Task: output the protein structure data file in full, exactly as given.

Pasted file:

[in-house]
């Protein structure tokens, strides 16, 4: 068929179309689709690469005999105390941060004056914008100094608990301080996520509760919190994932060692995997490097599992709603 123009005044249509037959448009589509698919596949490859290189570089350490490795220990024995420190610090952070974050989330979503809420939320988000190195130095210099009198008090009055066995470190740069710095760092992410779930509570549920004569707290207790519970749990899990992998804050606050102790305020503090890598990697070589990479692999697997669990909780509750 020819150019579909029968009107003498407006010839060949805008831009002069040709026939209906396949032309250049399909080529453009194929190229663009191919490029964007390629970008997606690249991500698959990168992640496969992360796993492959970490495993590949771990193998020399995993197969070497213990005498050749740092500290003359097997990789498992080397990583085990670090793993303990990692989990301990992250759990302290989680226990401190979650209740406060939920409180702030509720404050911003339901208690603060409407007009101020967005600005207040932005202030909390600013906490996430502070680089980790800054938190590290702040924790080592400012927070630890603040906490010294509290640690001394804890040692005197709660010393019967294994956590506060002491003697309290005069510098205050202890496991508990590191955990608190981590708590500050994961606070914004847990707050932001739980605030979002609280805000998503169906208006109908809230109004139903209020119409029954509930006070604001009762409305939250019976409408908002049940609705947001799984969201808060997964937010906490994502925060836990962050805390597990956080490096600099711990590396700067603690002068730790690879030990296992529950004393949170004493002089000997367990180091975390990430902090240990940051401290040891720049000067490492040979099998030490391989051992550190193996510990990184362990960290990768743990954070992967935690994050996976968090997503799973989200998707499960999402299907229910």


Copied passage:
[in-house]
């Protein structure tokens, strides 16, 4: 068929179309689709690469005999105390941060004056914008100094608990301080996520509760919190994932060692995997490097599992709603 123009005044249509037959448009589509698919596949490859290189570089350490490795220990024995420190610090952070974050989330979503809420939320988000190195130095210099009198008090009055066995470190740069710095760092992410779930509570549920004569707290207790519970749990899990992998804050606050102790305020503090890598990697070589990479692999697997669990909780509750 020819150019579909029968009107003498407006010839060949805008831009002069040709026939209906396949032309250049399909080529453009194929190229663009191919490029964007390629970008997606690249991500698959990168992640496969992360796993492959970490495993590949771990193998020399995993197969070497213990005498050749740092500290003359097997990789498992080397990583085990670090793993303990990692989990301990992250759990302290989680226990401190979650209740406060939920409180702030509720404050911003339901208690603060409407007009101020967005600005207040932005202030909390600013906490996430502070680089980790800054938190590290702040924790080592400012927070630890603040906490010294509290640690001394804890040692005197709660010393019967294994956590506060002491003697309290005069510098205050202890496991508990590191955990608190981590708590500050994961606070914004847990707050932001739980605030979002609280805000998503169906208006109908809230109004139903209020119409029954509930006070604001009762409305939250019976409408908002049940609705947001799984969201808060997964937010906490994502925060836990962050805390597990956080490096600099711990590396700067603690002068730790690879030990296992529950004393949170004493002089000997367990180091975390990430902090240990940051401290040891720049000067490492040979099998030490391989051992550190193996510990990184362990960290990768743990954070992967935690994050996976968090997503799973989200998707499960999402299907229910």